The world's first wiki where authorship really matters (Nature Genetics, 2008). Due credit and reputation for authors. Imagine a global collaborative knowledge base for original thoughts. Search thousands of articles and collaborate with scientists around the globe.

wikigene or wiki gene protein drug chemical gene disease author authorship tracking collaborative publishing evolutionary knowledge reputation system wiki2.0 global collaboration genes proteins drugs chemicals diseases compound
Hoffmann, R. A wiki for the life sciences where authorship matters. Nature Genetics (2008)

N-terminal degradation of low molecular weight opioid peptides in human cerebrospinal fluid.

Opioid peptides are present in human cerebrospinal fluid (CSF), and their levels are reported to change in some pathologic conditions. However, less is known about their degradation in CSF. In the present study, human CSF was found to contain aminopeptidase activity which hydrolyzed alanyl-, leucyl- and arginyl-naphthylamides in a ratio of 100:28:27. Twelve CSF samples hydrolyzed alanyl-2-naphthylamide and degraded Met5-enkephalin (N-terminal hydrolysis) at rates of 188 +/- 38 and 420 +/- 79 pmol/min/mL respectively. Further, the distribution of alanyl-naphthylamidase activity in individual samples (39-437 pmol/min/mL) was closely correlated with that of Met5-enkephalin degradation (37-833 pmol/min/mL). Both alanyl-naphthylamidase and enkephalin degradation were optimal at pH 7.0 to 7.5 and were inhibited by aminopeptidase inhibitors amastatin (IC50 = 20 nM), bestatin (4-7 microM) and puromycin (30-35 microM). Conversely, degradation was unaffected by inhibitors of neutral endopeptidase (phosphoramidon), carboxypeptidase N (MERGETPA) or angiotensin converting enzyme (captopril). The Km of Met5-enkephalin for the CSF aminopeptidase activity was 201 +/- 19 microM (N = 4). Rates of hydrolysis of the Tyr1-Gly2 bond of larger opioid peptides decreased with increasing peptide length. Pooled, concentrated CSF hydrolyzed Leu5-enkephalin, dynorphin A fragments [1-7], [1-10] and [1-13] and dynorphin A at rates of 2.05 +/- 0.27, 1.27 +/- 0.18, 0.94 +/- 0.06, 0.55 +/- 0.14 and 0.16 +/- 0.03 nmol/min/mL respectively. When analyzed by rocket-immunoelectrophoresis against antisera to aminopeptidase M (EC, the concentrated CSF formed an immunoprecipitate which could be stained histochemically for alanyl-naphthylamidase activity. These data are consistent with a significant role for aminopeptidase M activity in the degradation of low molecular weight opioid peptides in human CSF.[1]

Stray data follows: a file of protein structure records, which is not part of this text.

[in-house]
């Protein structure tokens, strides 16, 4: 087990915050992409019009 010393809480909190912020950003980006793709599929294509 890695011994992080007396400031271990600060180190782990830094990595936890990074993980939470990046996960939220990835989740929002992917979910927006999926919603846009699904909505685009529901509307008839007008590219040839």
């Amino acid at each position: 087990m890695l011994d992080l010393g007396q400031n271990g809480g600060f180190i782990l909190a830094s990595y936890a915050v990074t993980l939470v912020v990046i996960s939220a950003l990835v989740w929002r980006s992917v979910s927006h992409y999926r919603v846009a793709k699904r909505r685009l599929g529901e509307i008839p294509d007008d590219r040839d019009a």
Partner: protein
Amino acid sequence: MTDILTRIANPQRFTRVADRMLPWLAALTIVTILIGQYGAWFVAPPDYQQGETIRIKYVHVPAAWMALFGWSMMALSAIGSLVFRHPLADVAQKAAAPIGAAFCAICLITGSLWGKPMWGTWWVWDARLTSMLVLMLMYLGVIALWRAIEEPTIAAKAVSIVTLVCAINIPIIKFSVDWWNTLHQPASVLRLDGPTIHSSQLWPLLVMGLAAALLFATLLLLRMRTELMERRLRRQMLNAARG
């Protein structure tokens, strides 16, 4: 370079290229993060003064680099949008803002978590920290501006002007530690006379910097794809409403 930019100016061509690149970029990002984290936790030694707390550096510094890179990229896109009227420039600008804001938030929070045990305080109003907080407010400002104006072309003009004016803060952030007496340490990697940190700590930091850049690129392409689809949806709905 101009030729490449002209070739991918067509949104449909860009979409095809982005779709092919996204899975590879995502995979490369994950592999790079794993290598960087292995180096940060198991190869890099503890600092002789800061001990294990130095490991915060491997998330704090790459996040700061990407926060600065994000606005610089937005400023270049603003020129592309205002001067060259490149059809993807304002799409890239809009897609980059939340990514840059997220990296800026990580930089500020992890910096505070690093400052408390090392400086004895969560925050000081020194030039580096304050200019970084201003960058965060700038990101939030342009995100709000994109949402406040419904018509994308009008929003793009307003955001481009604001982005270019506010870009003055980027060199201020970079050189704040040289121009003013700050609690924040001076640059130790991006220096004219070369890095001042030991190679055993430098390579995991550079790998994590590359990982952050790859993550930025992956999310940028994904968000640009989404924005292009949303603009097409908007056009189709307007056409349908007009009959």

1. N-terminal degradation of low molecular weight opioid peptides in human cerebrospinal fluid. Benter, I.F., Hirsh, E.M., Tuchman, A.J., Ward, P.E. Biochem. Pharmacol. (1990) [Pubmed]
WikiGenes - Universities